How To Start Teaching 121 Online… And Keep Them Coming Back!
Despite the fact that there should be plenty of opportunities in TEFL now that everything is online, finding good repeat customers is really hard: students keep messing about, they book a trial lesson and never show up, they attend the free level assessment, then do a vanishing act. Getting them to stay is difficult, and all of this is so annoying!
After some bad experiences, I have had some success and I am now on lesson 36 with my favourite ‘repeat customer’! Here’s what I did…’ And so, lovely readers, here my ‘dos’ and ‘don’ts’.
Dos and don’ts of getting and keeping a 121 student online
DO: Look for students in the right places.
If you look online sites such as Gumtree, you will see about 100 other teachers hustling for students. This is not good.
Are you really willing to compete with teachers who don’t mind earning £6 per hour, who between lessons are sunning themselves in a lovely exotic (cheap!) location like Thailand?
DON’T GO THERE!
I highly recommend that you work freelance via a school or agency, so they can do all the tedious, boring marketing, filtering of timewasters and convincing the student of the real value of your lessons.
Yes, they will take a cut, but are you a teacher or a salesperson? (In my experience it is rare to be good at both).
Accepting £5.99 per hour to undercut the teacher in Thailand while working 18 hours per day to make ends meet is not the way forward – if, like me, you work in a place with a high cost of living.
If you are a teacher in Thailand, however, then this is probably a fortune so lucky you!
As a point of comparison, though, the National Minimum wage is £8.20 for 21-24 year olds in the UK.
Something to think about, no?
Secondly, word of mouth is a great way to get more students and get paid what you think you should be.
Let it be known that you are an amazing, experienced teacher with great results, who currently has availability for new students, and see what happens.
As another point of comparison, teachers preparing teenagers for British national exams (e.g. GCSEs) usually charge about £35 per hour.
Get your availability into the right circles and now we are talking!
DO Make a fantastic first impression.
Now, this is kind of a tricky one because if you were in a face-to-face lesson, a ‘fantastic first impression’ would be what? Smiling? Being friendly?
Coming armed with an amazing lesson plan with all the bells and whistles? Well, these points are obviously important but what I have learned is that with online lessons, the first impression is gained way before that, in the first email you send (and yes, email is better than phone because if they are queuing at a supermarket in a face mask pushing a trolley, do they really want to speak to you?).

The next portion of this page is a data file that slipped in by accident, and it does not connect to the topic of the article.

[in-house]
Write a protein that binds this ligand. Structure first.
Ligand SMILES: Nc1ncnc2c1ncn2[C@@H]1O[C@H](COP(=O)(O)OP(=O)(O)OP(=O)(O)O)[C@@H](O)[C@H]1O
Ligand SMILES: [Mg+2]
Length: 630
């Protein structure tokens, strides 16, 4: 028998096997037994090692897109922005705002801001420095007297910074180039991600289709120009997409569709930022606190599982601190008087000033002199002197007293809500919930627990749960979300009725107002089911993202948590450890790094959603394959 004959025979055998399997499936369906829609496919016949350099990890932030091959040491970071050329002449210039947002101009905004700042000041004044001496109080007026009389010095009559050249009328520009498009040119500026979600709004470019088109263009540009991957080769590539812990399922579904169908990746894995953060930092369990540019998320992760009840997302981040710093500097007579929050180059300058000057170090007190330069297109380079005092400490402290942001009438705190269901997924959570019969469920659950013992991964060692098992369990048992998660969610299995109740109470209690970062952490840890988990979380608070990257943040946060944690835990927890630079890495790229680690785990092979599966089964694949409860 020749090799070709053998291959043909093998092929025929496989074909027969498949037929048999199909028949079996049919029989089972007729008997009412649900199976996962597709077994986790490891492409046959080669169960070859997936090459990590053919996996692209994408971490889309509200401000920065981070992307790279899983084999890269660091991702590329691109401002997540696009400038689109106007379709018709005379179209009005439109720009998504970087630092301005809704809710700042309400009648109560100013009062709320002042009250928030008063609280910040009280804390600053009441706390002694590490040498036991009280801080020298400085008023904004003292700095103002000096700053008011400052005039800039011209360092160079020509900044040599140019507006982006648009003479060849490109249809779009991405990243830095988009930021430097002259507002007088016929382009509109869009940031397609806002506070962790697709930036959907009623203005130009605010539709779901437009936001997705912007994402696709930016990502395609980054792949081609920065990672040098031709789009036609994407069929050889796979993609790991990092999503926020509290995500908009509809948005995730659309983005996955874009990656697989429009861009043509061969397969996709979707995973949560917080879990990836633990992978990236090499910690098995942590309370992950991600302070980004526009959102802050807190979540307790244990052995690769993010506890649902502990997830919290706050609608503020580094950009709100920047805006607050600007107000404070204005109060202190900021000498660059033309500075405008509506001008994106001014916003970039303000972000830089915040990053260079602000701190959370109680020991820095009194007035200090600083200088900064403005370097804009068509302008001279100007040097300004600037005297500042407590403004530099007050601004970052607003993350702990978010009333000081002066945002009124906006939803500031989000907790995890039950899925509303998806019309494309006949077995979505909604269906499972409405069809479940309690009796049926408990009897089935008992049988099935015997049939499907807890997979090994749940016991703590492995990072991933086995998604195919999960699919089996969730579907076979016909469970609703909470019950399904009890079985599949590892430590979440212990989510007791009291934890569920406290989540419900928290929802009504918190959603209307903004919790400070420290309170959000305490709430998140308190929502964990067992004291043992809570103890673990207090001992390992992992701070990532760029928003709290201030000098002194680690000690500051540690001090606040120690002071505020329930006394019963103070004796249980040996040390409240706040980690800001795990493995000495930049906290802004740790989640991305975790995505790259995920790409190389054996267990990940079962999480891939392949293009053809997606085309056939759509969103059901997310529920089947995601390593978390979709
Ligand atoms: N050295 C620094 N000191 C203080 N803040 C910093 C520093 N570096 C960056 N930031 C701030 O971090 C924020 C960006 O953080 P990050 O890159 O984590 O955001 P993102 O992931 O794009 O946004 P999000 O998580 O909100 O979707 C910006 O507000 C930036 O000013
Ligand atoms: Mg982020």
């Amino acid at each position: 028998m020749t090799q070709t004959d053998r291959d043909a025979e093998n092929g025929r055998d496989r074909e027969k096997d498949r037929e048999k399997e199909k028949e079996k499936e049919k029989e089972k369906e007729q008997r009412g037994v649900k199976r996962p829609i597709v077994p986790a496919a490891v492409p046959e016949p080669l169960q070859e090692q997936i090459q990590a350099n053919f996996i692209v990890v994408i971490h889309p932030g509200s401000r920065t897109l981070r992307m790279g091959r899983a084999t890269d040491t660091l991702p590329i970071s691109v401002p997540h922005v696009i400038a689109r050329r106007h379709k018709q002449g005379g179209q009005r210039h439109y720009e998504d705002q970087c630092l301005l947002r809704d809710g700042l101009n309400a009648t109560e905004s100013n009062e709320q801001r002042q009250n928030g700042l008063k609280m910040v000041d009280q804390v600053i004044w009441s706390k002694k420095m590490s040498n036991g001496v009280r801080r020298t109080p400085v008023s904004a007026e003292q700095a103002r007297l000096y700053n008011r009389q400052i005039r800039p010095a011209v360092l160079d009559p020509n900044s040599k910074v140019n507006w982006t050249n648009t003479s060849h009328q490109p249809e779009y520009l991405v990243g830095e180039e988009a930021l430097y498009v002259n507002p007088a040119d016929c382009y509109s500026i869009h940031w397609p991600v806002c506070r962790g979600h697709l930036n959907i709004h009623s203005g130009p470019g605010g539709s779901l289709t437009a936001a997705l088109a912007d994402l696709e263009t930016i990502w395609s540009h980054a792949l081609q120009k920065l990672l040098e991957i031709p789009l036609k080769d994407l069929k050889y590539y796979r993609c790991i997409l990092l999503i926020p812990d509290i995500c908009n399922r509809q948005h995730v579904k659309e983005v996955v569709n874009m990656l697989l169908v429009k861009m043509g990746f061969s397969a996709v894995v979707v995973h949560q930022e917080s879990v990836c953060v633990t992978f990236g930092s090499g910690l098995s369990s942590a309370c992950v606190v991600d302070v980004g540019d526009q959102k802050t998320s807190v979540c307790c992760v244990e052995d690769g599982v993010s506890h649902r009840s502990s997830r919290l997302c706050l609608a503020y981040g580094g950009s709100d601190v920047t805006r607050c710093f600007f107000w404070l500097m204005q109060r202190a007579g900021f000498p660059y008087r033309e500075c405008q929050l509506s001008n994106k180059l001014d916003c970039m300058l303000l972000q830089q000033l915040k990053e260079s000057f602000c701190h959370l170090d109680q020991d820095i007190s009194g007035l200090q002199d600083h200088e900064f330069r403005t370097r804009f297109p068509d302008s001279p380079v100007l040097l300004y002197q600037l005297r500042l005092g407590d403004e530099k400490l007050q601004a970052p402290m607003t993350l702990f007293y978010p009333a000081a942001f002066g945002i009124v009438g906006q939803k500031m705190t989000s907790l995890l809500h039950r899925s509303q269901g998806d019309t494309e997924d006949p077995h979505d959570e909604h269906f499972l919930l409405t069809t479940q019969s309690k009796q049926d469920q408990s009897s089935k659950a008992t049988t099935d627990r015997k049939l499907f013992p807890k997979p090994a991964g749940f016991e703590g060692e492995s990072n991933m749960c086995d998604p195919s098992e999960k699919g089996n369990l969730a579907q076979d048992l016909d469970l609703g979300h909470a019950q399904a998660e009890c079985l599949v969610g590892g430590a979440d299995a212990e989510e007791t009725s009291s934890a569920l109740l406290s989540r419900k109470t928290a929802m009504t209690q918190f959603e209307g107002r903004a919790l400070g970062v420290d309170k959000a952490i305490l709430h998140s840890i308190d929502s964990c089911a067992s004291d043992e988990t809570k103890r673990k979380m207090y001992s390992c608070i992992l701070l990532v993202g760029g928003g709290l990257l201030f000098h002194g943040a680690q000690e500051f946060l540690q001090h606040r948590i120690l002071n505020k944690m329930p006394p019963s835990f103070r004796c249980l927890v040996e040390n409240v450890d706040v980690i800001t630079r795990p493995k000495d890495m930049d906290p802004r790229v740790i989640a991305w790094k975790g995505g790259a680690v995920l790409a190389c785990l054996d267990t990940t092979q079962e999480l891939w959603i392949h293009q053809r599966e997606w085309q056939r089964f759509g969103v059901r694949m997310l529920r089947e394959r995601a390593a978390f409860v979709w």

But – point to note – my top tip is that instead of sending a potentially intimidating Needs Analysis form as an attachment, get to know them by starting an organic email conversation.
In this conversation, ask questions to get to know what the student wants and needs. The fact you are taking time to do this shows that you care, are professional and are a good communicator.
This will particularly impress them if you write to them in graded language and write follow-up questions to show they are understood.
How pleased would you be if you were having an authentic communication in a foreign language and were understood?
See – they like you already!
DON’T just chat.
It can be tempting to think, ‘well, the student wants conversation so I’ll just talk to them on Zoom for 30 minutes and that will be fine.’ While it can be educationally beneficial to have ‘free conversation,’ you should remember that this student is paying you instead of the other 699 teachers out there, which brings me to my next point.
How can you add value?
My favourite ways to add value are to screen share and type notes throughout the lesson then email these over directly after the lesson.
I usually screenshare in Word, and make sure the page is well-organised and logical – like board work – apart from I type instead of using an electronic pen (unnecessarily expensive set-up cost, looks messy, bad idea).
I always make this look smart and professional by writing the student’s name, date, lesson number and lesson objectives (linked to the email conversation needs analysis) at the top and have pre-prepared sections with subheadings that match the lesson objectives.
If there are any separate documents, e.g. handouts, I use ‘snipping tool’ and insert these directly into my Word document.
This means the student doesn’t have to try to print anything before the lesson (headache and 101 technical questions avoided) and means I don’t have to constantly switch screens throughout the lesson (tedious) which improves the overall flow.
Also, if you insert the other documents using ‘copy and paste’ from ‘snipping tool’ in Word you can use ‘Draw’ and then choose a pen from ‘Drawing tools’ so you can highlight / write on the other document/image/object as you feel fit.